3. It seems that Debbie’s concerns were warranted. The new foal was a casualty of the less than ideal conditions. The mother refused to feed it, and would have nothing to do with it, probably due to the cramped and crowded pen. Then the poor thing ended up in the stallion’s side, then got it’s leg tangled in the electric fence, which did not disengage the electrical current. The poor thing died within two days of it’s birth. I am an extremely tolerant person who champions giving people an opportunity to “make things work”, but there is a difference between tolerance of something that doesn’t harm anyone, and overlooking neglect and inhumane conditions. There is a reason for rules and regulations when it comes to the keeping of farm animals. A lot within town is not considered a farm due to it’s size. A large farm animal (or especially many of them as we see today) require space to be able to live healthy lives. Horses who are foaling also require space for a bit of separation from others, as well as a safe environment for their foals. Unfortunately, this property does not provide any of those conditions under the current set up. I hope they are moved to a more acceptable property quickly before anymore tragedies occur. Yes, horses used to live in Coalmont, but they had proper stables and fenced fields at the time, not the temporary overcrowded pen surrounded by electric wire that is currently their home. Not an acceptable or safe environment to even temporarily house horses and foals, in my opinion.

  4. Well the “happy and healthy” little herd that increased from 8 to 9 on Wednesday night is now back to 8 distressed horses. I appreciate all the help that everyone has given keeping these animals fed and watered but unfortunately that sometimes is not enough. Due to the stress of over crowding the mare rejected and savaged the new foal. The vet spent yesterday afternoon giving the foal an IV to get some fluids in her but she would not or could not nurse.
    I volunteered last night to give the people from Tulameen a break and said I and my niece would be by at 5:30 this morning to feed and water. We arrived at 5: 20 this morning to find the foal had slipped through the make shift electic fence and had wrapped live heavy gauge wire around her tiny leg. There she lay, in the stud pen, electricity coursing through her, icy cold and barely breathing. We disconnected the hot box undid the wire for enough slack to get her leg out and then pulled her through the fence back to her pen. We made a bed for her and stood helpess watching her gasp for breath.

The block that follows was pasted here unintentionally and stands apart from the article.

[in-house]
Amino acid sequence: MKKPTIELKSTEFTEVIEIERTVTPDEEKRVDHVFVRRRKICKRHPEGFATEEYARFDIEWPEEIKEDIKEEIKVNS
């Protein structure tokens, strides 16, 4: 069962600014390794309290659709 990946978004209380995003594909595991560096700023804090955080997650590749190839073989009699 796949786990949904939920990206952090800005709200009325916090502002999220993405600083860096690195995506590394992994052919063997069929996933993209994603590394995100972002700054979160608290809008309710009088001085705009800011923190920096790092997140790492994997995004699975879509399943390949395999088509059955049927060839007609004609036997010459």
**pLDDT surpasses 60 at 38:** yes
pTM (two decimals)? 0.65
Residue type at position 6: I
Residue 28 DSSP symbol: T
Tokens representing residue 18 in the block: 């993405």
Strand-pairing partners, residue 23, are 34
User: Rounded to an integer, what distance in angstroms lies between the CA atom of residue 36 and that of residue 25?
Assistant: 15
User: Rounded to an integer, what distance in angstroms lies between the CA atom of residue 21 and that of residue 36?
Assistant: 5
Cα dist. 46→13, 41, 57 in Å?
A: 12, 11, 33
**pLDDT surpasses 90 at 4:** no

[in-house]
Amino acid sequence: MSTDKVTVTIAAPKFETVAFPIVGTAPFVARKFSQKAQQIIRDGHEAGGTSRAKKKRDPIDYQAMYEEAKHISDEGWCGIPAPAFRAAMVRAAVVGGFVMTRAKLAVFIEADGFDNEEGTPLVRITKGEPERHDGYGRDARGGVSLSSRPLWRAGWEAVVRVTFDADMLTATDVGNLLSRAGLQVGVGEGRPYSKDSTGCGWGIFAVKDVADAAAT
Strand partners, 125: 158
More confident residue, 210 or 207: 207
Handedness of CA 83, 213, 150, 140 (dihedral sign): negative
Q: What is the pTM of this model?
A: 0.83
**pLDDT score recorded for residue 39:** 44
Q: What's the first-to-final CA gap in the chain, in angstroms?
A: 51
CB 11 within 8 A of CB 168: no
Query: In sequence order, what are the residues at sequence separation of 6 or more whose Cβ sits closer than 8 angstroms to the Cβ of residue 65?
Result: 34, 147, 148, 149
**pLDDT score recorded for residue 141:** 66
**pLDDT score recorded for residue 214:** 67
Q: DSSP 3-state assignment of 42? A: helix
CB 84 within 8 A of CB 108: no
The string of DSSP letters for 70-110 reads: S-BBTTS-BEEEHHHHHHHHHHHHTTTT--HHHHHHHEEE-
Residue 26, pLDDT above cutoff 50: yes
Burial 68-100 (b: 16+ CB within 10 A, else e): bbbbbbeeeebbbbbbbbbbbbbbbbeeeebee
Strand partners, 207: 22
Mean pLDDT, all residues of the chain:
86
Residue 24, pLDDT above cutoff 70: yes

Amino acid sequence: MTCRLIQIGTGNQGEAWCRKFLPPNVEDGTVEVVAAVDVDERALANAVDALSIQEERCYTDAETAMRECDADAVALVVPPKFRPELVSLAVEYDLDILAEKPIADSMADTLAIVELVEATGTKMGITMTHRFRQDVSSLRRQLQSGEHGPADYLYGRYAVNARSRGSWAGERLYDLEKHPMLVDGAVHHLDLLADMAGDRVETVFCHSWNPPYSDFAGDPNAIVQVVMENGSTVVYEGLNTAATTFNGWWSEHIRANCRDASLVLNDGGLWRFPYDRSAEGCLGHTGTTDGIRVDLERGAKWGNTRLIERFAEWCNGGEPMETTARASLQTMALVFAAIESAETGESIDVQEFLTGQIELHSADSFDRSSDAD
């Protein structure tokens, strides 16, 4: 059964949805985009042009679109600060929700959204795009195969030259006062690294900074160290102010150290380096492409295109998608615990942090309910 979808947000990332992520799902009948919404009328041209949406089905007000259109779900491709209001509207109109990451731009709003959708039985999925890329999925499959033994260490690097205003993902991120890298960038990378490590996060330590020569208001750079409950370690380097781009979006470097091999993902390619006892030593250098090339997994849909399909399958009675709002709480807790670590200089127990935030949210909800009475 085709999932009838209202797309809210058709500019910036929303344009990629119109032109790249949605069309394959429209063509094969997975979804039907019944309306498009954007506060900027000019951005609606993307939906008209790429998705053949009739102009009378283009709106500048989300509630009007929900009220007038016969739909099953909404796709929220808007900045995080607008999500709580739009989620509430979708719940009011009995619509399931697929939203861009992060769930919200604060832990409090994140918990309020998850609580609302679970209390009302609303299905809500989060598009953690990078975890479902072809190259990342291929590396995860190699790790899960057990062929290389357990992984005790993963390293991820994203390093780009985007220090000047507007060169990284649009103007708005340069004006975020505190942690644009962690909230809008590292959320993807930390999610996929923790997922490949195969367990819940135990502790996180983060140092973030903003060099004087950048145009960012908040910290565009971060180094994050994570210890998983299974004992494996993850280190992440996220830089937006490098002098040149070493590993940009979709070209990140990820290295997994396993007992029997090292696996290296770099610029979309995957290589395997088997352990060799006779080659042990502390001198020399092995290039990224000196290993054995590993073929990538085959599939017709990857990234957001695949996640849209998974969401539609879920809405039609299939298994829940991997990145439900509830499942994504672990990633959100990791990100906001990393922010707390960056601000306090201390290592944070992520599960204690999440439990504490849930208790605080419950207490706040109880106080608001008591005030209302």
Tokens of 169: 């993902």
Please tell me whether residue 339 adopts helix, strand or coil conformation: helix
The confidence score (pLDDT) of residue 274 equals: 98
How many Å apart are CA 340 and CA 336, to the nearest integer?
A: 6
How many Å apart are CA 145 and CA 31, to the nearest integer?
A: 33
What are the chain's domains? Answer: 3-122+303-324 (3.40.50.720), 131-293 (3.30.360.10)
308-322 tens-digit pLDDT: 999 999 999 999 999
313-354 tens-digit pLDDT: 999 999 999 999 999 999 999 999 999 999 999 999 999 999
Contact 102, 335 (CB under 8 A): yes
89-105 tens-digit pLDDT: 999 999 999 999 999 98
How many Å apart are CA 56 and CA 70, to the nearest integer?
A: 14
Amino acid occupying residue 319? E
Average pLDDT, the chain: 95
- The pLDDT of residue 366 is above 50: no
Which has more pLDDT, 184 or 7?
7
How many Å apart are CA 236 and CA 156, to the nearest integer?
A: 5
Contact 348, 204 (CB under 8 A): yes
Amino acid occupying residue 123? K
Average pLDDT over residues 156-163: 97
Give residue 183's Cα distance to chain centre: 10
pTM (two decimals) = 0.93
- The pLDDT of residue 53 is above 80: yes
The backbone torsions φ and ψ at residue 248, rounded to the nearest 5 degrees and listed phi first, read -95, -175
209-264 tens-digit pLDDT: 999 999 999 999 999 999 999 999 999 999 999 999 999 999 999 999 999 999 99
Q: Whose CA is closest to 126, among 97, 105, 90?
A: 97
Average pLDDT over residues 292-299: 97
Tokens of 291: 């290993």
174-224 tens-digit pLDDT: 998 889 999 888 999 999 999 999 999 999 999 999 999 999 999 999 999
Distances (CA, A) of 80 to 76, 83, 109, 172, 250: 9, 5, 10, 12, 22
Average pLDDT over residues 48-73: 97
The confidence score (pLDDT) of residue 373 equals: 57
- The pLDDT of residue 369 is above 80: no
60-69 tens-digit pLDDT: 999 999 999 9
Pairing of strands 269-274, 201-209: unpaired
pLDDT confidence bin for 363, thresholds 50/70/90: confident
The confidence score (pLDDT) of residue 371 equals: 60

We fed and watered all the horses but because no one could contact the owners, permission could not be obtained to put the poor thing out of her misery. These owners and I use the term lightly are to be out of town for another 3 weeks. When we went back to check on the foal at 9:00 AM she was in a big black garbage bag and dumped unceremoniously by the round bale. So much for “happy and healthy”

    1. Hopefully these horses have now been removed. With the coming heat wave and no adequate shelter they will be extremely stressed with the high temperatures. My neice did stay on at the cabin to keep an eye on them for a few more days but was then told she was no longer allowed to feed them as they were to be on strict rations. A nursing mare, an injured mare, two growing yearlings and they are to rationed?

Leave a Reply

Your email address will not be published. Required fields are marked *